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Extensions in Swift: How and when to use them

Extensions in Swift allow you to extend an existing class, struct, enumeration, or protocol with new functionality. Whether it’s a custom type defined by you or a current type inside of a framework, extensions can create custom accessors and enhance the types you work with.

So-called retroactive modeling allows you to extend types for which you don’t have access to the original source code. This powerful feature of Swift enables you to create custom layers on top of external code. When and how to use them is an important skill to own as an app developer, so let’s dive in.

What is an extension?

Quite literally, an extension extends existing code. For example, you might have a Person struct with a first and last name:

struct Person {
    let firstName: String
    let lastName: String
}

You can create an extension for this structure and add a fullName property:

extension Person {
    var fullName: String {
        firstName + " " + lastName
    }
}

In this case, we have access to the source code of the Person structure, so we could also decide to define the fullName computed property inside the struct itself:

struct Person {
    let firstName: String
    let lastName: String

    var fullName: String {
        firstName + " " + lastName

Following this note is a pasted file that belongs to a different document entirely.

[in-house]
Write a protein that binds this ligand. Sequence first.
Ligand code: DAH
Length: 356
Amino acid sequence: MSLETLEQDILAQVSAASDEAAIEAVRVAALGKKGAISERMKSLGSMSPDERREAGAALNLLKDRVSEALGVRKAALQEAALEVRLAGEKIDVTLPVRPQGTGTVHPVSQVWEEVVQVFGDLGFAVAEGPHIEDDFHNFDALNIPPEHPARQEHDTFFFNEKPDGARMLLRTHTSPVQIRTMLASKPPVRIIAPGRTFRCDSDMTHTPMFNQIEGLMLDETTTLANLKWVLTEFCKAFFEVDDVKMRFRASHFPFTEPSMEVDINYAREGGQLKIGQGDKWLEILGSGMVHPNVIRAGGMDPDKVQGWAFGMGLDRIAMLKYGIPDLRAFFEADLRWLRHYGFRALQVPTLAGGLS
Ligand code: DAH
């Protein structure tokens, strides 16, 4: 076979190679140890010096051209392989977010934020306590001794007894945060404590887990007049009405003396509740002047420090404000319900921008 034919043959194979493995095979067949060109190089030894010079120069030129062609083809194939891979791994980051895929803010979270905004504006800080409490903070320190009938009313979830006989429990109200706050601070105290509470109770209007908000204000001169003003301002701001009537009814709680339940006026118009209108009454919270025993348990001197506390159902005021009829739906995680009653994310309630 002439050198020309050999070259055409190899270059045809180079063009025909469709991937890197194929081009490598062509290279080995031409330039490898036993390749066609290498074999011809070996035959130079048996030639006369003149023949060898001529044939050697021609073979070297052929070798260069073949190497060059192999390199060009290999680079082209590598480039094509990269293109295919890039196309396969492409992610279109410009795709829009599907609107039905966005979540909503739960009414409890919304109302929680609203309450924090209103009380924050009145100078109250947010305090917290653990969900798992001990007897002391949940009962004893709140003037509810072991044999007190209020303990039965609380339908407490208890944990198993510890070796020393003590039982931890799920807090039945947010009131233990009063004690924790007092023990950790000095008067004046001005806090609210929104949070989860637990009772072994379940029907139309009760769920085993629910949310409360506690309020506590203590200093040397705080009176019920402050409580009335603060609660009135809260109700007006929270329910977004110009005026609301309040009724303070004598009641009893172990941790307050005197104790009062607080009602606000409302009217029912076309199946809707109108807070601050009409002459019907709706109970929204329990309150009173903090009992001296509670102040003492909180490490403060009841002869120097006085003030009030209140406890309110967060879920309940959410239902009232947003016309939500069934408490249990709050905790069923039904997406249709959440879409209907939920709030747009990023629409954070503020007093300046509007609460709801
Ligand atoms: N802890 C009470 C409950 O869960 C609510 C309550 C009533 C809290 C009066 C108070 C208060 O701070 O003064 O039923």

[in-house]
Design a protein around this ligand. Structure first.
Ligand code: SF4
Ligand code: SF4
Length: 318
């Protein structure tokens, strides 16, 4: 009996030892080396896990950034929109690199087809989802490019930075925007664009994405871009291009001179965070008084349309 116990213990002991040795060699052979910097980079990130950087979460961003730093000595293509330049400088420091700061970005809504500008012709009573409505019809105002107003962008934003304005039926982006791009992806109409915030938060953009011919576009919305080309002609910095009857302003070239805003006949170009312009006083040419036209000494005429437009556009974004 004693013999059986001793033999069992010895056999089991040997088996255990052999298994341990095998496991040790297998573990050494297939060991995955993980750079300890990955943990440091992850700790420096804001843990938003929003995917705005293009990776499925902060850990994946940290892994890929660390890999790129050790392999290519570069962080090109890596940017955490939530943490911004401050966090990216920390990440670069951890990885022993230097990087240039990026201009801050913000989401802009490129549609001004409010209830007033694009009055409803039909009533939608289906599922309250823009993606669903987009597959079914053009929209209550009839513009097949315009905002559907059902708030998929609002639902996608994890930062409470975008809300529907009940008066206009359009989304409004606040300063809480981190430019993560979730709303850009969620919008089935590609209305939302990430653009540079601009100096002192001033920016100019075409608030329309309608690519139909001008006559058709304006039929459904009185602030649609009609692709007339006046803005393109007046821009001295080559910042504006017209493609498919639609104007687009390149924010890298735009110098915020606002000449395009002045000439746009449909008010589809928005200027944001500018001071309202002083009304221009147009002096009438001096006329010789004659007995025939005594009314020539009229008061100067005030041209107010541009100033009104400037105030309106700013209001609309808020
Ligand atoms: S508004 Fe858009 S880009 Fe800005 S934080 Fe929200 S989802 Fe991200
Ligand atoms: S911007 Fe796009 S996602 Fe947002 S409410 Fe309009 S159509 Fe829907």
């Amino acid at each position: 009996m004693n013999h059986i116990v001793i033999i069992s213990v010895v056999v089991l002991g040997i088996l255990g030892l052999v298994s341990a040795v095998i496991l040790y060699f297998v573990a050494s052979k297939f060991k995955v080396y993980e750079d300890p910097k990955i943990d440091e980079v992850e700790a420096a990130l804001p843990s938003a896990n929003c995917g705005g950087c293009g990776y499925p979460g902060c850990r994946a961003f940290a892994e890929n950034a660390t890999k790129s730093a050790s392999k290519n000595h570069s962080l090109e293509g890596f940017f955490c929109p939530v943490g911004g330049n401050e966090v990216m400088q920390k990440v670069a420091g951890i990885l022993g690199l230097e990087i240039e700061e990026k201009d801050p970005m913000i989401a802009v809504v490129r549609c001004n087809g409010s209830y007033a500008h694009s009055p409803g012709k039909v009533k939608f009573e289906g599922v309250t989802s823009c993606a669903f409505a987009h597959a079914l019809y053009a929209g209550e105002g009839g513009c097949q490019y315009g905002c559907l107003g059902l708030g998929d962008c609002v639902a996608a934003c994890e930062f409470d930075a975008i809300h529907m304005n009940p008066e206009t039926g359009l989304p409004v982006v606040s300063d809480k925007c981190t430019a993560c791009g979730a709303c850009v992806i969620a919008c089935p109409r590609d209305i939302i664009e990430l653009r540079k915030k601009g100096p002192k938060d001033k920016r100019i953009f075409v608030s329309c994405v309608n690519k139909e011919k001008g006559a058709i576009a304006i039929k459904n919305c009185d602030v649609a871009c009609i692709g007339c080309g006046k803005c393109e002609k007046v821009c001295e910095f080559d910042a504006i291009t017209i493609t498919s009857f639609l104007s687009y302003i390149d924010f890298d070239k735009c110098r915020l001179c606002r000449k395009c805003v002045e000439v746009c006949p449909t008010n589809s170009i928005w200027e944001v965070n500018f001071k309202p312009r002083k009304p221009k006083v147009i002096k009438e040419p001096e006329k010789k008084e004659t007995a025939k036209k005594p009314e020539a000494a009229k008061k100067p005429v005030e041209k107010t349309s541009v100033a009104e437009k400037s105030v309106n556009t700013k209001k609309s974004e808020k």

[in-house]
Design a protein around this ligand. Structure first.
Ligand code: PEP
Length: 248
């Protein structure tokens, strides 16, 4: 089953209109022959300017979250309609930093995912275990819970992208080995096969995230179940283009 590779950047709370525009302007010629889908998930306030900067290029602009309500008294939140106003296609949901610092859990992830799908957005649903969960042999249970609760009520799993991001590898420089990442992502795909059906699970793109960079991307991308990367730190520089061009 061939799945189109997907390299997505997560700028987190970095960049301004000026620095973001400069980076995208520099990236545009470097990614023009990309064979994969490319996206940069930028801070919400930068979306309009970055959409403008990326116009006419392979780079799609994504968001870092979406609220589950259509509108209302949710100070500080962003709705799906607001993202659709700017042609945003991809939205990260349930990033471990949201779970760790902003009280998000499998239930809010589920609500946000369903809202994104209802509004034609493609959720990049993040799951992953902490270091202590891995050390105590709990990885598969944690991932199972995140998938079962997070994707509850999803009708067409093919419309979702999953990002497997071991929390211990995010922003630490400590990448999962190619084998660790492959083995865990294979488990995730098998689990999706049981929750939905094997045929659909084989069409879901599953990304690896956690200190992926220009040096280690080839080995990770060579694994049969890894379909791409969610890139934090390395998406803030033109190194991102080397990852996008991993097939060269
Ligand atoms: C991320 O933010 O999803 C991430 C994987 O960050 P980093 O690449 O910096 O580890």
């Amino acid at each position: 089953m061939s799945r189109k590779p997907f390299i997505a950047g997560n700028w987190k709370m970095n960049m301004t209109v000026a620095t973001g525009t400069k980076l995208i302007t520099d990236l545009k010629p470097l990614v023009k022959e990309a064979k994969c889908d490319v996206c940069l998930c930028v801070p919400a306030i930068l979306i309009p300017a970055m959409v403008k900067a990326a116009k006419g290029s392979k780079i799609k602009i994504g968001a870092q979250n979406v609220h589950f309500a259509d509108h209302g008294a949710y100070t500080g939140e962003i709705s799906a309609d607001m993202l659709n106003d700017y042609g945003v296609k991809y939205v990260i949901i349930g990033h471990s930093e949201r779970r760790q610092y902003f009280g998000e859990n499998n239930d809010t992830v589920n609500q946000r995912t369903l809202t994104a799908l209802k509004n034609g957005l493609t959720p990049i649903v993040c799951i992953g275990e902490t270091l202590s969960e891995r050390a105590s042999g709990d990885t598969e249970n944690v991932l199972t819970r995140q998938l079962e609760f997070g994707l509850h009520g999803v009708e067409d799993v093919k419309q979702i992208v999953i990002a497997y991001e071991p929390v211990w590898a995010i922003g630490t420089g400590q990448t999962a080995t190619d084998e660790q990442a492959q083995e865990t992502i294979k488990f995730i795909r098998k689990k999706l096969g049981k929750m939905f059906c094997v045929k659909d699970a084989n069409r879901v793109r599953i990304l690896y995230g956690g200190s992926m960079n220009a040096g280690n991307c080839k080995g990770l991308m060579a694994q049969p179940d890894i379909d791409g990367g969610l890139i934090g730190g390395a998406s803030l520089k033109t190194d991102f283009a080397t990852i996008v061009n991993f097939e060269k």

}
}

This makes more sense for this example as it keeps all the available properties in a single place.

Extending types without having access to the source code

When you’re unable to customize the implementation of a type due to lacking source code access, you can use extensions to create custom accessors. For example, we could create a Date extension to add a days to the current value:

extension Date {
    func addingDays(_ days: Int) -> Date {
        Calendar.current.date(byAdding: .day, value: days, to: self)!
    }
}

We’ve now extended the Date type by adding a new method. We can use that method as follows:

Date().addingDays(7)

Even though we can’t access the source code of the Date type, we have been able to extend it with custom functionality. This can be a great way to create discoverable code, since any extension method will be findable using autocompletion:

Extensions in Swift allow you to extend types, even when you don't have source code access.
Extensions in Swift allow you to extend types, even when you don’t have source code access.

By making your custom code more discoverable, you allow others in your team to discover custom (often helpful) extensions. This works better than creating a custom type (E.g., DateDaysCalculator) that everyone should be aware of.

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Using extensions to create default protocol implementations

Protocol interfaces don’t allow you to write optional members, even though some methods might not be required for every instance. Secondly, you might want to provide default behavior and enable types to overwrite this if needed. We can use extensions to create this behavior.

For example, imagine having the following NameContaining protocol:

protocol NameContaining {
    var firstName: String { get }
    var lastName: String { get }
    var fullName: String { get }
}

We could make our Person struct conform to this protocol without any changes:

struct Person: NameContaining {
    let firstName: String
    let lastName: String